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Female high school students gaining information technology skills

About half of CISCO-founded IT program’s students are girls at Fairmount Heights

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Published on: Friday, May 03, 2013

By Tauren Dyson

In 1997, information technology company CISCO Systems established the Network Academy at 10,000 locations, in 165 countries around the globe. The company’s goal was to prepare students with a foundation in IT skills that will help them succeed in today’s technologically advanced world. Since then, the program has instructed more than four million people globally, but only 17 percent of them were female.   

At Fairmount Heights High School in Capitol Heights, the percentage of the girls participating in Network Academy is approximately 50 percent of 67 students, overall.

“There is such a low number of girls in technology today,” said Blair Christie, CISCO chief marketing officer. “It’s a problem we need to fix.”

April 25 marked Girls in ICT Day, a worldwide event designed to get more young women involved in the information computer technology field.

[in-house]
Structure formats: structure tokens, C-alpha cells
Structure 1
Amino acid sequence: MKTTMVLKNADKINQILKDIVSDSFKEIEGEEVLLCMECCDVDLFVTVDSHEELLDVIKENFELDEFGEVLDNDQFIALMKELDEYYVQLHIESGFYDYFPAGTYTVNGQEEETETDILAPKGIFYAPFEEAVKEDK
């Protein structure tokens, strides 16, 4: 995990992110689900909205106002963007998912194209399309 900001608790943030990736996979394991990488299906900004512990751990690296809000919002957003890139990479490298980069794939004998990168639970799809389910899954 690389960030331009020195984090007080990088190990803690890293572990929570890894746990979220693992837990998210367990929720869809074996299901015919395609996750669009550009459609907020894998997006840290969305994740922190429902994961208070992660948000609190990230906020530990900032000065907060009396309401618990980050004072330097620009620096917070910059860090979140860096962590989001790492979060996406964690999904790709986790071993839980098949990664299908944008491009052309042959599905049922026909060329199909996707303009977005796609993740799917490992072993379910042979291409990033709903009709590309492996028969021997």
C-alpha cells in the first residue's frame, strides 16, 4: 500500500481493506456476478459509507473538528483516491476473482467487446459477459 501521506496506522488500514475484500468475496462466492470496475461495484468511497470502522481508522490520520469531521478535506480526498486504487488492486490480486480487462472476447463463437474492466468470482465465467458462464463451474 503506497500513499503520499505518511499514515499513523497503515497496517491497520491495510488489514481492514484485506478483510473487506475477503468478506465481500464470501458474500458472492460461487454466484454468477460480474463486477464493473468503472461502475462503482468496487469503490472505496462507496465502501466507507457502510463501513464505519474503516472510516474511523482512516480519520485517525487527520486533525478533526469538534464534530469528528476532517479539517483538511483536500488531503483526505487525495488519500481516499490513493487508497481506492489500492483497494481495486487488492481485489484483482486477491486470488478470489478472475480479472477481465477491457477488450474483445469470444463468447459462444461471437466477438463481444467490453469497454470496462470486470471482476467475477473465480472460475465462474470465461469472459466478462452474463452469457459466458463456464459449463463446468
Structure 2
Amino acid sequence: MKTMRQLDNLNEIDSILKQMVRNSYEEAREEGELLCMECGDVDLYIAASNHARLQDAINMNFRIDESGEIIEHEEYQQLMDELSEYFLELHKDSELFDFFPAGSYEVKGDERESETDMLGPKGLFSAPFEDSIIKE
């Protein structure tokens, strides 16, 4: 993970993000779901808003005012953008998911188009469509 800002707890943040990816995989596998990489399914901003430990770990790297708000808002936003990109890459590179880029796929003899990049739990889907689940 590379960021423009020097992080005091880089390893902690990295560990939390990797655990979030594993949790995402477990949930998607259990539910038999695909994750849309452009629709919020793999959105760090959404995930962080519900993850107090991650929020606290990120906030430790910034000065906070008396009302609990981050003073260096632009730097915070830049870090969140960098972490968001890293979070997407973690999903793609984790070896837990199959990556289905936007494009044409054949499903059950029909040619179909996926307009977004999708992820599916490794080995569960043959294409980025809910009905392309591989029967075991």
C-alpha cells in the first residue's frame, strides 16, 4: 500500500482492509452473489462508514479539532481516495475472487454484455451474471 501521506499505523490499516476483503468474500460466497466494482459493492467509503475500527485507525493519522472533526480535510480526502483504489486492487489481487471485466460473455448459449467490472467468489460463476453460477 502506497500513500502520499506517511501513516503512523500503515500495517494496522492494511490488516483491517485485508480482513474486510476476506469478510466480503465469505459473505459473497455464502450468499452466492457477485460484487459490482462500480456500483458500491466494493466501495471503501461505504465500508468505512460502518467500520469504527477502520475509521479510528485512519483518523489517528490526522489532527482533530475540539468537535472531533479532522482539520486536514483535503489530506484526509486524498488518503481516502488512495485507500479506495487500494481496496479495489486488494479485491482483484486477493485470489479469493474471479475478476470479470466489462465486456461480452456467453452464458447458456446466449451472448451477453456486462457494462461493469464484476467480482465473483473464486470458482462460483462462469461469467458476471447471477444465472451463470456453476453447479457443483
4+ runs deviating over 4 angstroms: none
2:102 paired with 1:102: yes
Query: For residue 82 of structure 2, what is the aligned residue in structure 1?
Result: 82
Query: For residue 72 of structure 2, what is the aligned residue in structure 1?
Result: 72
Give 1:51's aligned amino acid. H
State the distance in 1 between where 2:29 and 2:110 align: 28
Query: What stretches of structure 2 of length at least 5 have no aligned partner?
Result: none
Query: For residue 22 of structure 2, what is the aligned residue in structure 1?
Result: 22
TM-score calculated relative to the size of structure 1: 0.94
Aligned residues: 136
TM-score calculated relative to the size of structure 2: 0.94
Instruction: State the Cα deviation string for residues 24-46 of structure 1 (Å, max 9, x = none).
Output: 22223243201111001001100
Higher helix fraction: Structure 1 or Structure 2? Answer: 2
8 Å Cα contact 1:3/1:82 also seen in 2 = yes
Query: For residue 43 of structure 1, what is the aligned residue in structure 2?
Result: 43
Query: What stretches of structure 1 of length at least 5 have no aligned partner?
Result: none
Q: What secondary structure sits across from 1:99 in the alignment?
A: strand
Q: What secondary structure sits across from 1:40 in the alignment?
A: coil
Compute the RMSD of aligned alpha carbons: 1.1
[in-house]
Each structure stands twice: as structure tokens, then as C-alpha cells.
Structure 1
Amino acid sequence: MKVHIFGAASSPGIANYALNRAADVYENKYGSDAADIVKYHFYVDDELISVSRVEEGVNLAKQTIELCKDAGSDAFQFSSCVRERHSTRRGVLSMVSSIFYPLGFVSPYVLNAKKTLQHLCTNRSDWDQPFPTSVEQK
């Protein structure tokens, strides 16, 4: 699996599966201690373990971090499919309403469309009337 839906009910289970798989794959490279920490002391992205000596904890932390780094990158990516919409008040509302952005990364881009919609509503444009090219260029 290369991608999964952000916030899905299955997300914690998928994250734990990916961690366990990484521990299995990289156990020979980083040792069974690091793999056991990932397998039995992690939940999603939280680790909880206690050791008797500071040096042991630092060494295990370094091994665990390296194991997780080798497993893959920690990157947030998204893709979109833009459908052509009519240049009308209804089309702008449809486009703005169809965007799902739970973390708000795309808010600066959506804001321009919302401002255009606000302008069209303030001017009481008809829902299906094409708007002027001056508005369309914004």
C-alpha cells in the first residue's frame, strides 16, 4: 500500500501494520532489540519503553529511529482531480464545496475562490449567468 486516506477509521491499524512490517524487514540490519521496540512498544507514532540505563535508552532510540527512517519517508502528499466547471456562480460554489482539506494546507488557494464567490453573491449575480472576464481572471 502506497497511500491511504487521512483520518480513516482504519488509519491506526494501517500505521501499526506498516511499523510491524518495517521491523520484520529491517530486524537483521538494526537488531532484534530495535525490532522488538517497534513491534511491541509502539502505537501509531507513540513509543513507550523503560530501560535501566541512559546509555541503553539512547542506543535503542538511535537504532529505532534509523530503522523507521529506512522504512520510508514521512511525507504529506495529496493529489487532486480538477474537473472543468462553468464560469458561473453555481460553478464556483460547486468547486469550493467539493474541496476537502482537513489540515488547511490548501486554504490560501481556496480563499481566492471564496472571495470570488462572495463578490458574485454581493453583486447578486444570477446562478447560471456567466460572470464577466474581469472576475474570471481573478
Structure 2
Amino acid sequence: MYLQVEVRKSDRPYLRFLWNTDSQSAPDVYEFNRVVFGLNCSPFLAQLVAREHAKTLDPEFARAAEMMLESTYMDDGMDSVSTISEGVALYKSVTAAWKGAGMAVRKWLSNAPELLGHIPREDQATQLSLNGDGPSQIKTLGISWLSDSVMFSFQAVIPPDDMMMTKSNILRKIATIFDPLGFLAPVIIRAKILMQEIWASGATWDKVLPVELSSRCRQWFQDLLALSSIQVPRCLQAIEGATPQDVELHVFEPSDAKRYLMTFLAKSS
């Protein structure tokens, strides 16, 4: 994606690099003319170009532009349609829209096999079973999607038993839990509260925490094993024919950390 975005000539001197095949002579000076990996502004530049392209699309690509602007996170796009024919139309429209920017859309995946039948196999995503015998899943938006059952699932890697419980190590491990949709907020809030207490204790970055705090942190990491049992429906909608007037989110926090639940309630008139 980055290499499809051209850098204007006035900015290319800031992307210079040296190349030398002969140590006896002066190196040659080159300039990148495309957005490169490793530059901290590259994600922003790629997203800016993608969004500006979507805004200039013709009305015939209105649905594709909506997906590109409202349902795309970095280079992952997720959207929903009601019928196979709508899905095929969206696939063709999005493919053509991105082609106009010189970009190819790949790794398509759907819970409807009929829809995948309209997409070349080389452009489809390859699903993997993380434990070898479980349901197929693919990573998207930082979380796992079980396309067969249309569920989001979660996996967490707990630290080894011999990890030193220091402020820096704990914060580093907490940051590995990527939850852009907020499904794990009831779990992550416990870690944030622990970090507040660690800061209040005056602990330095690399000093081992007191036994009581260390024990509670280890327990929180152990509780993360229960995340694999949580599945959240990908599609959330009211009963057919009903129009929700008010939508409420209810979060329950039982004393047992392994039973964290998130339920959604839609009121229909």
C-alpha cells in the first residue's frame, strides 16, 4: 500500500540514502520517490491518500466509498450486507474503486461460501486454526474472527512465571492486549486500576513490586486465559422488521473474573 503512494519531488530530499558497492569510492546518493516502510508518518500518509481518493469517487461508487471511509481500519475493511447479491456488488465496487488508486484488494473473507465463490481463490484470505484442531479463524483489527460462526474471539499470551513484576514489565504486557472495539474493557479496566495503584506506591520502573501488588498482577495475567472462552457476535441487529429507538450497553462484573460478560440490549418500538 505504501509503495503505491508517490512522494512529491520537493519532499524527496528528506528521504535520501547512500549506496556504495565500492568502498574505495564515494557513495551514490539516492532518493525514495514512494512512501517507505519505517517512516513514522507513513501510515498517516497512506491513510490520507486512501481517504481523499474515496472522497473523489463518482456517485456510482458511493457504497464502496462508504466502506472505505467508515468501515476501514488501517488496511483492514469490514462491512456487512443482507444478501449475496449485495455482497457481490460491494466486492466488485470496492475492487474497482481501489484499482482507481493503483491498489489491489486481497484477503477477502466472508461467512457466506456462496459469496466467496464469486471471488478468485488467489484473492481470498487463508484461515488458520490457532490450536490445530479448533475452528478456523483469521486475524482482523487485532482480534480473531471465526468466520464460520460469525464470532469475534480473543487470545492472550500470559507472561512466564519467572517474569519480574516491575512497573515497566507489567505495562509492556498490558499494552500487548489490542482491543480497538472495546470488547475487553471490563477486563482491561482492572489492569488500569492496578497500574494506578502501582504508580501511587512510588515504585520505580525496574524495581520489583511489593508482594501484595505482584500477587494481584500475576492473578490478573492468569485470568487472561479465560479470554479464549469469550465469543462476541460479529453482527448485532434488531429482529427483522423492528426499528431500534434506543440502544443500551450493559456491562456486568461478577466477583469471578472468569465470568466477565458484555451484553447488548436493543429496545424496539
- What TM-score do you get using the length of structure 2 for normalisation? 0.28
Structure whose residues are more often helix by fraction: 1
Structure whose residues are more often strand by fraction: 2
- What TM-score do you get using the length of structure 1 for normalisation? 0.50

According to the National Center for Women in Technology, there has been a sharp drop in the number of women in the United States working in computing occupations. In 1991, women accounted for 38 percent of the computing workforce; in 2009, they made up only 25 percent.

Eileen Nkwain wants to bump those numbers up a bit. At 15, she already has her A+ certification, an accomplishment that qualifies her to be a computer technician. But taking classes with the Network Academy has had a positive impact on some of her other classes.

“It’s helped me in other subjects,” Nkwain said. “With this, it’s like you can never give up, and that helps in other areas, just to keep working.”

But her goals extend beyond computer repair. Nkwain views IT as a gateway to other career paths.

“It’s made me see there are so many options of what you can do,” Nkwain said. “Since IT goes into a lot of fields, I want to go into law and psychology.”

Ashley Covington finished the program and her high school career in 2006. Today she works as a system administrator for Baltimore City Public Schools.

Back then, only five girls participated in the Network Academy at her Baltimore high school. She was shocked and amazed to have a sea of female faces staring back at her on Wednesday at Fairmount Heights.

There are currently 59 Network Academy sites throughout Maryland.

Covington came to speak to the students at the Fairmont Heights site to show the girls exactly what a Network Academy finished product looks like. Also she wants to push the students to complete the program no matter how rigorous the curriculum may get.

“Do a lot of research, no matter what technology you like best at first.” Covington said in a statement on the CISCO website. “Motivate yourself to pursue this thoroughly, despite the challenges, because it’s worth it.” 

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